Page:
I’d like to share with you a little piece of Summer Sonatina that I took home with me. Every day I put on two colorful string bracelets made during week 5 of Summer Sonatina by two more difficult campers. Yet, to me, these bracelets symbolize not only friendship, but, determination, patience and a love for music. The first bracelet was made by T, who came to us with so much anger and frustration in her life, which she expressed during her first lesson with me. I remember she sat in front of the piano in the Harry Potter room, telling me that she couldn’t play, that she’d never be able to do it, and that she hated piano.
I didn’t understand at the time why she had come to Summer Sonatina if she was so uninterested in piano, but, I forced myself to stay patient with her and try to be encouraging even when she was angry and negative. Without trying I became her friend during those three weeks, as a symbolized by the bracelet on my wrist and a memory that I can picture clearly to this day.
I was sitting outside on the steps when T ran up to me, very excited and asked me to come listen to her play because she had learned the entire first page of Minuet in G. So I went, listened and tried to hold back tears because I was so moved by the fact that I had helped this girl become motivated and excited by music.
You see Polly, just over seven years ago I was in the same place as T. I hated clarinet and intended to quit. But, luckily I had a music teacher who showed me patience and understanding and taught me to love music in a way that I never thought possible. A year later this music teacher and role model died suddenly of a heart aneurysm and it was then that I decided that I wanted to inspire children to love music as he had done for me. Since deciding to pursue music, I often questioned the idea of a career in music, but after three weeks of working with musicians young and old at Summer Sonatina, I finally became certain that teaching music was the right path for me. Nothing compares to the joy I felt when I watched those children succeed on and off stage. Nothing compares to the happiness I felt when I saw the children improve and grow.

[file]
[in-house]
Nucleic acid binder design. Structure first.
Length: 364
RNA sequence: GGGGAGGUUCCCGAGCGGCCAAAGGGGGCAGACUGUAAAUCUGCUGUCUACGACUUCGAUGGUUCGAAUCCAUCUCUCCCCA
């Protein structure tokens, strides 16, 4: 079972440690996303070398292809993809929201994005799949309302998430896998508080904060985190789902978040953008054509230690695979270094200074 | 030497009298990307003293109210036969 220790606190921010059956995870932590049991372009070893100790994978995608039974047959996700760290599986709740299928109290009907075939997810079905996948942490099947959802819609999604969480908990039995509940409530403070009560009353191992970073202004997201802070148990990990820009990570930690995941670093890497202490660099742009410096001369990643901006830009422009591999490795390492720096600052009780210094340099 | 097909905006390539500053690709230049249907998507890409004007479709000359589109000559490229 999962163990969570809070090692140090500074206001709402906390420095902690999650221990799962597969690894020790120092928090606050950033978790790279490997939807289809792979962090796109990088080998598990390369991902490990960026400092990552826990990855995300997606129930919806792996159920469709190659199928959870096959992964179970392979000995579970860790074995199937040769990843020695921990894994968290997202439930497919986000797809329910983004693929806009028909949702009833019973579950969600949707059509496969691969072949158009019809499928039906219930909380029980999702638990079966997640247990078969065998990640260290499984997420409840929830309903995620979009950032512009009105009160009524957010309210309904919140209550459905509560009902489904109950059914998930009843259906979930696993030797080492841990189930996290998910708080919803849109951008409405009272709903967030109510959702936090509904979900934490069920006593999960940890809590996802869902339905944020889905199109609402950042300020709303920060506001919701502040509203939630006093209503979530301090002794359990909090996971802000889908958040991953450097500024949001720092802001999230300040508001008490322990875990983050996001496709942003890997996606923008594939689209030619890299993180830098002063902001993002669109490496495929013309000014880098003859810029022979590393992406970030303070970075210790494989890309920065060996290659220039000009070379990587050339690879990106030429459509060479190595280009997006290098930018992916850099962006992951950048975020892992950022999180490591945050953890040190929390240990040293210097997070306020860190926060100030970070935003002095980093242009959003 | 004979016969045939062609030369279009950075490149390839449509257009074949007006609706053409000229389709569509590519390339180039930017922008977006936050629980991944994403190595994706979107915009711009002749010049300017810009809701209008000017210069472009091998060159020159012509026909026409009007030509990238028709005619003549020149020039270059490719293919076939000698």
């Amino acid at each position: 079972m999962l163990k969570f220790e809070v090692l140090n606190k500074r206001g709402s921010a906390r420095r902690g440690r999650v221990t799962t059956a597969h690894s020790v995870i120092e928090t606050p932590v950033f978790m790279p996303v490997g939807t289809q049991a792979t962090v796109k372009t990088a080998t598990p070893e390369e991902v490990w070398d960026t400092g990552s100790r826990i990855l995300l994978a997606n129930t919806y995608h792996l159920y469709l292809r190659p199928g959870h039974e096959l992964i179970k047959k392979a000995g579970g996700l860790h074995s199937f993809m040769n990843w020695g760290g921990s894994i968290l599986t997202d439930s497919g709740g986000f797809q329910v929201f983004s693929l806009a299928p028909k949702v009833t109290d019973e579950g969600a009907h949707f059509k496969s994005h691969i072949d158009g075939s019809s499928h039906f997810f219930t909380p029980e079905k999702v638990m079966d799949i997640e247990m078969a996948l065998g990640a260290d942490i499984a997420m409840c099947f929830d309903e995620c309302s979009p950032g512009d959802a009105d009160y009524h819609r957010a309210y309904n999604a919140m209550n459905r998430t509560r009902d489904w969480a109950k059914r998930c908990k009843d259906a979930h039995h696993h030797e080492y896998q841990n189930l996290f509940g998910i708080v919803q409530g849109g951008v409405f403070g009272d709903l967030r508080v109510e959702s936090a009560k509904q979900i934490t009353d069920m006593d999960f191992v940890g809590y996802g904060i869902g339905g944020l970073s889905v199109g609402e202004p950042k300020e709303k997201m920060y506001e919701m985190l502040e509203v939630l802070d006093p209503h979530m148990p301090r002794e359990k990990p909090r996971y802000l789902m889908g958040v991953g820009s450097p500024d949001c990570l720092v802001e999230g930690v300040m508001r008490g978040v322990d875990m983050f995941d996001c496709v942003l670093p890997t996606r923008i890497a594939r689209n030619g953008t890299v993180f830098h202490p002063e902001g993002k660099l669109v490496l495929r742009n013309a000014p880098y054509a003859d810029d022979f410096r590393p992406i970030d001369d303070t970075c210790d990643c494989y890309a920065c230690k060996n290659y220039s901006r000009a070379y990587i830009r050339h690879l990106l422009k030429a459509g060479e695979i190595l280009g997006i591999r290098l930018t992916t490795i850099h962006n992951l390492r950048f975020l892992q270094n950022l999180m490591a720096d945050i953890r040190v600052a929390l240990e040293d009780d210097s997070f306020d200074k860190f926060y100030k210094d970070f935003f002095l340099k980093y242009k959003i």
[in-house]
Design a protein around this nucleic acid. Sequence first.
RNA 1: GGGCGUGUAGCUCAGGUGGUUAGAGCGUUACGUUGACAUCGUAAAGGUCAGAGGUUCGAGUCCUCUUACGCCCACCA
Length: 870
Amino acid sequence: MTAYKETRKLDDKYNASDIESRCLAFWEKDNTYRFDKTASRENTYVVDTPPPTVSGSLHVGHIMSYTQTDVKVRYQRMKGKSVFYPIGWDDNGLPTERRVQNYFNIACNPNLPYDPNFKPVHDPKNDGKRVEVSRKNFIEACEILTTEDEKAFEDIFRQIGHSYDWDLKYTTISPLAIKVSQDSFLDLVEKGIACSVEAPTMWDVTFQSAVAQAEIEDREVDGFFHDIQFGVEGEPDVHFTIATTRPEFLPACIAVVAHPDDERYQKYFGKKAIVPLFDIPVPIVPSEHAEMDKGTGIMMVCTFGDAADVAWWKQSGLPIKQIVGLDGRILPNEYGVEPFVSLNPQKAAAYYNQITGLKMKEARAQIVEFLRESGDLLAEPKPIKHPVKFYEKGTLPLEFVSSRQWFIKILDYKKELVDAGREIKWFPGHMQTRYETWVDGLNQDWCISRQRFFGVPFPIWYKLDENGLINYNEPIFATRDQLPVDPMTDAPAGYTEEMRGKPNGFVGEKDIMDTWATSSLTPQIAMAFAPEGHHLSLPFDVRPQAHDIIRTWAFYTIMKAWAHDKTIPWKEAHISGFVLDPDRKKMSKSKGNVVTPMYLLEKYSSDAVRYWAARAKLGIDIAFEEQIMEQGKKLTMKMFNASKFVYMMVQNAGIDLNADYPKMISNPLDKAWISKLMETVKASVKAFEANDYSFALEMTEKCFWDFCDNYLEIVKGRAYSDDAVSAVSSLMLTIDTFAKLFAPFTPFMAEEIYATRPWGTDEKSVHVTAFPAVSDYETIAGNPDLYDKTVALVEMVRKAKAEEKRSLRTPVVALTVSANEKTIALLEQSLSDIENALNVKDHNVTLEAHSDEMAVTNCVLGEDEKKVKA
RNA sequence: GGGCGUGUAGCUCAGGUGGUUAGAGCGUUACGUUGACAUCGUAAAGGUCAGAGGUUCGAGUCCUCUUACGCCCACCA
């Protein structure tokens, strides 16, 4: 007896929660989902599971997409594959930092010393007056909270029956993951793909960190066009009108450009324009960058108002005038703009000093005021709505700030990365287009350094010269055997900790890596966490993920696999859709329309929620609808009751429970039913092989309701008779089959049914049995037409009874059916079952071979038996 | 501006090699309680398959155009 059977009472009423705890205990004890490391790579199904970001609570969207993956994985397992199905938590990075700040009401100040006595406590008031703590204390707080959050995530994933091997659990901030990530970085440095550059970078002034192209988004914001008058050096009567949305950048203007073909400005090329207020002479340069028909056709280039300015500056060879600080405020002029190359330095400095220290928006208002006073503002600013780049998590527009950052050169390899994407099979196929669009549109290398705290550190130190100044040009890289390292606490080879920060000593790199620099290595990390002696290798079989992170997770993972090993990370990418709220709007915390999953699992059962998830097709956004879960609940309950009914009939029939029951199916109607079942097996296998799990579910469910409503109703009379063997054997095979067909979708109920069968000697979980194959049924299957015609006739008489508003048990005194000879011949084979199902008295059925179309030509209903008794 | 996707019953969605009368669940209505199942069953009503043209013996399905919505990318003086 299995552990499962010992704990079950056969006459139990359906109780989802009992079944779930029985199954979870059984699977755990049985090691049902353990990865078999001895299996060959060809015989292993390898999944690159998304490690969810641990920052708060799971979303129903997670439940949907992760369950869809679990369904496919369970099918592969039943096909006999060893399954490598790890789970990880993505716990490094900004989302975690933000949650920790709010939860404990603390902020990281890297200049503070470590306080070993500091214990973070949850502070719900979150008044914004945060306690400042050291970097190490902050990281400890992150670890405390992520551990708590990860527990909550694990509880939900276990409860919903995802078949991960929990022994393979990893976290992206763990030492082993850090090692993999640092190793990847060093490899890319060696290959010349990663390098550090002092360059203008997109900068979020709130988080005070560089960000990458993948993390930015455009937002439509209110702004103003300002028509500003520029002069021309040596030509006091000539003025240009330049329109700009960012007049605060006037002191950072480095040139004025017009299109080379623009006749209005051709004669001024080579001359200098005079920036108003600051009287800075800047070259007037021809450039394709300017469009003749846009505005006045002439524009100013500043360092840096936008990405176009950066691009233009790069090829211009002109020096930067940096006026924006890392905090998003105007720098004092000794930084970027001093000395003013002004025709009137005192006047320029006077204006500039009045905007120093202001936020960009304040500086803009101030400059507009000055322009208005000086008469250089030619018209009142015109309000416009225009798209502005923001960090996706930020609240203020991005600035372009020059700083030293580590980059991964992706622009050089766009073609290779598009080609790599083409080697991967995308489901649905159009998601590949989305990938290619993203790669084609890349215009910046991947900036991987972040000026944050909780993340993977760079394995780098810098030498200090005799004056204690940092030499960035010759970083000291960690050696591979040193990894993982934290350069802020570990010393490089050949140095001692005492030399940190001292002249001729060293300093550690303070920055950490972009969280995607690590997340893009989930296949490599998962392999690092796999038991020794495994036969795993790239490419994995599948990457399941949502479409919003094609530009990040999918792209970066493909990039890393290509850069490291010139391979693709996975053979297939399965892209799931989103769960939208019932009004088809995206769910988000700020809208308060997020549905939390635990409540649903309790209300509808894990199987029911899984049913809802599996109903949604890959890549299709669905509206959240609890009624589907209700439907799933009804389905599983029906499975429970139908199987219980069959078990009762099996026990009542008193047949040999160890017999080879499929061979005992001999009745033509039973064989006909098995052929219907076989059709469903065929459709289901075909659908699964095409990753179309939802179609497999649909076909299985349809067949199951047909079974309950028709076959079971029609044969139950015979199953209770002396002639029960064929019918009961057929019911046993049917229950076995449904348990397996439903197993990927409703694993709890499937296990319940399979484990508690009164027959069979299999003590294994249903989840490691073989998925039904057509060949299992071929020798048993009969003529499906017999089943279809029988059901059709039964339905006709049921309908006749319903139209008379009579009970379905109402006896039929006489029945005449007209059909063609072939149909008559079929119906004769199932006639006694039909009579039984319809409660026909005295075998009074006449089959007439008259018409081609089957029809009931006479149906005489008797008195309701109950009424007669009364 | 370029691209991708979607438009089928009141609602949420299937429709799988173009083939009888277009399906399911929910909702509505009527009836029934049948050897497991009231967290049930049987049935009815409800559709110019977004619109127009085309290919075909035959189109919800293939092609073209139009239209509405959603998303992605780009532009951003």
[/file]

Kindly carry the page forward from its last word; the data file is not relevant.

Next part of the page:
The second bracelet was made by J. I had heard from everyone how difficult lessons were with him, but I went into my first lesson with him remembering my patience and positive attitude. And just as everyone said, he did have a short attention span and didn’t like to do what I asked him to do. So I changed up my strategy and asked him to play one of his compositions for me. I took out my phone and recorded him and when he was done, we listened to it and critiqued it together. He was completely engaged and excited. When we had finished with the piece he composed, I was able to get him to play some of the music he’d been assigned that he originally refused to play. ALthough J didn’t make as much improvement as T, I wear his bracelet as a reminder to myself that the answer isn’t always right in front of you. Sometimes in teaching and in music you have to step back and approach things from another angle.
I learned so much about teaching, music and even about myself in those three weeks that I spent at Summer Sonatina and I cannot thank you enough for giving me this opportunity. The friendships, the learning, and the memories I gained from that summer will stay with me forever. Never stop this wonderful thing that you do.